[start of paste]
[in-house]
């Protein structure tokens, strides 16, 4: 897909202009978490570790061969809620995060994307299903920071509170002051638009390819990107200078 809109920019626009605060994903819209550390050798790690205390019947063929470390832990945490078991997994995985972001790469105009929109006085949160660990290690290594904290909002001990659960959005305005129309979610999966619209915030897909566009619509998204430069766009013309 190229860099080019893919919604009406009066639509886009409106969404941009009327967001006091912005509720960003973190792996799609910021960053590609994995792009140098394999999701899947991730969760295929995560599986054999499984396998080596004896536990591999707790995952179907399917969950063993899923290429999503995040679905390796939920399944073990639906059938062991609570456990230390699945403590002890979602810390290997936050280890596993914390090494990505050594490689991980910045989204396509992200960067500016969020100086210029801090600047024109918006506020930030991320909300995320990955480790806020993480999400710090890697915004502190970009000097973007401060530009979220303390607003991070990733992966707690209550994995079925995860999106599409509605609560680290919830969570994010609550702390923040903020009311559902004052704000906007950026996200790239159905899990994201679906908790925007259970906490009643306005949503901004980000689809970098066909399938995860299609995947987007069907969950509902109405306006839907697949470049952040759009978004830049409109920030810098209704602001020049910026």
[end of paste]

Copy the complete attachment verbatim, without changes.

[in-house]
């Protein structure tokens, strides 16, 4: 897909202009978490570790061969809620995060994307299903920071509170002051638009390819990107200078 809109920019626009605060994903819209550390050798790690205390019947063929470390832990945490078991997994995985972001790469105009929109006085949160660990290690290594904290909002001990659960959005305005129309979610999966619209915030897909566009619509998204430069766009013309 190229860099080019893919919604009406009066639509886009409106969404941009009327967001006091912005509720960003973190792996799609910021960053590609994995792009140098394999999701899947991730969760295929995560599986054999499984396998080596004896536990591999707790995952179907399917969950063993899923290429999503995040679905390796939920399944073990639906059938062991609570456990230390699945403590002890979602810390290997936050280890596993914390090494990505050594490689991980910045989204396509992200960067500016969020100086210029801090600047024109918006506020930030991320909300995320990955480790806020993480999400710090890697915004502190970009000097973007401060530009979220303390607003991070990733992966707690209550994995079925995860999106599409509605609560680290919830969570994010609550702390923040903020009311559902004052704000906007950026996200790239159905899990994201679906908790925007259970906490009643306005949503901004980000689809970098066909399938995860299609995947987007069907969950509902109405306006839907697949470049952040759009978004830049409109920030810098209704602001020049910026």